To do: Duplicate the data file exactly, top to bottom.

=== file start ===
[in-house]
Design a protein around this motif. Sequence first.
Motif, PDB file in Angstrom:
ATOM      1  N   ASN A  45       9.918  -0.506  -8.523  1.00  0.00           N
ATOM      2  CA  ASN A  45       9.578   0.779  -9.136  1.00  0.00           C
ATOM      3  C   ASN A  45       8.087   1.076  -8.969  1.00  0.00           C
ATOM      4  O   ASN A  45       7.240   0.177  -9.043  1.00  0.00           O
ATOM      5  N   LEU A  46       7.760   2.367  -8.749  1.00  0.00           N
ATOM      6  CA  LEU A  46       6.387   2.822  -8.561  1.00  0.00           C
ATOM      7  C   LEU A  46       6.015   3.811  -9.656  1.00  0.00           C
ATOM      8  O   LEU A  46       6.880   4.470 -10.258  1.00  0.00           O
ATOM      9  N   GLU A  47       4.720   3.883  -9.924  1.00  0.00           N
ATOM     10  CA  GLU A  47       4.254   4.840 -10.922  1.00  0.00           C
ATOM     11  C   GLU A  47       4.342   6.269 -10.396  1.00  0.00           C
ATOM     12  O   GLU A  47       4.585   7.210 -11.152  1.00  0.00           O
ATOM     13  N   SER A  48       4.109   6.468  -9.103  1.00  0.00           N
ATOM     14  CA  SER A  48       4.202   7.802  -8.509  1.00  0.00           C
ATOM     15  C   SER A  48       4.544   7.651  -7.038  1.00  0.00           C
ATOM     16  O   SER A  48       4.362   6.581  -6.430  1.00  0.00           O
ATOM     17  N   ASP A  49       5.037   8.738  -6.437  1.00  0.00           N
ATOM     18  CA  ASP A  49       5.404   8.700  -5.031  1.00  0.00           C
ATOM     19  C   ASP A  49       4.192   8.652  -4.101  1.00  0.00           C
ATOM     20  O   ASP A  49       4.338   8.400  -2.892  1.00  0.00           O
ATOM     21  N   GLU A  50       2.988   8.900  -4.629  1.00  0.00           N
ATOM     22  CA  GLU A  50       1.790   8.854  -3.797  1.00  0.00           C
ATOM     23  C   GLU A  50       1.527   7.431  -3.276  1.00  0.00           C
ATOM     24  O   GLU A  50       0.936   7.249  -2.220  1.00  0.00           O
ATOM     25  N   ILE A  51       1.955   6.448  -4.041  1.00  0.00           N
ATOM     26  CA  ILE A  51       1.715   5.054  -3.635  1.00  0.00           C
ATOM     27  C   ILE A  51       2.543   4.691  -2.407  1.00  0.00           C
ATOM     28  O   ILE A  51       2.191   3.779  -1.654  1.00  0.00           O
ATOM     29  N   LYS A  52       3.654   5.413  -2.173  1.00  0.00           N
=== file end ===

[in-house]
Design a protein around this motif. Sequence first.
Motif, PDB file in Angstrom:
ATOM      1  N   ASN A  45       9.918  -0.506  -8.523  1.00  0.00           N
ATOM      2  CA  ASN A  45       9.578   0.779  -9.136  1.00  0.00           C
ATOM      3  C   ASN A  45       8.087   1.076  -8.969  1.00  0.00           C
ATOM      4  O   ASN A  45       7.240   0.177  -9.043  1.00  0.00           O
ATOM      5  N   LEU A  46       7.760   2.367  -8.749  1.00  0.00           N
ATOM      6  CA  LEU A  46       6.387   2.822  -8.561  1.00  0.00           C
ATOM      7  C   LEU A  46       6.015   3.811  -9.656  1.00  0.00           C
ATOM      8  O   LEU A  46       6.880   4.470 -10.258  1.00  0.00           O
ATOM      9  N   GLU A  47       4.720   3.883  -9.924  1.00  0.00           N
ATOM     10  CA  GLU A  47       4.254   4.840 -10.922  1.00  0.00           C
ATOM     11  C   GLU A  47       4.342   6.269 -10.396  1.00  0.00           C
ATOM     12  O   GLU A  47       4.585   7.210 -11.152  1.00  0.00           O
ATOM     13  N   SER A  48       4.109   6.468  -9.103  1.00  0.00           N
ATOM     14  CA  SER A  48       4.202   7.802  -8.509  1.00  0.00           C
ATOM     15  C   SER A  48       4.544   7.651  -7.038  1.00  0.00           C
ATOM     16  O   SER A  48       4.362   6.581  -6.430  1.00  0.00           O
ATOM     17  N   ASP A  49       5.037   8.738  -6.437  1.00  0.00           N
ATOM     18  CA  ASP A  49       5.404   8.700  -5.031  1.00  0.00           C
ATOM     19  C   ASP A  49       4.192   8.652  -4.101  1.00  0.00           C
ATOM     20  O   ASP A  49       4.338   8.400  -2.892  1.00  0.00           O
ATOM     21  N   GLU A  50       2.988   8.900  -4.629  1.00  0.00           N
ATOM     22  CA  GLU A  50       1.790   8.854  -3.797  1.00  0.00           C
ATOM     23  C   GLU A  50       1.527   7.431  -3.276  1.00  0.00           C
ATOM     24  O   GLU A  50       0.936   7.249  -2.220  1.00  0.00           O
ATOM     25  N   ILE A  51       1.955   6.448  -4.041  1.00  0.00           N
ATOM     26  CA  ILE A  51       1.715   5.054  -3.635  1.00  0.00           C
ATOM     27  C   ILE A  51       2.543   4.691  -2.407  1.00  0.00           C
ATOM     28  O   ILE A  51       2.191   3.779  -1.654  1.00  0.00           O
ATOM     29  N   LYS A  52       3.654   5.413  -2.173  1.00  0.00           N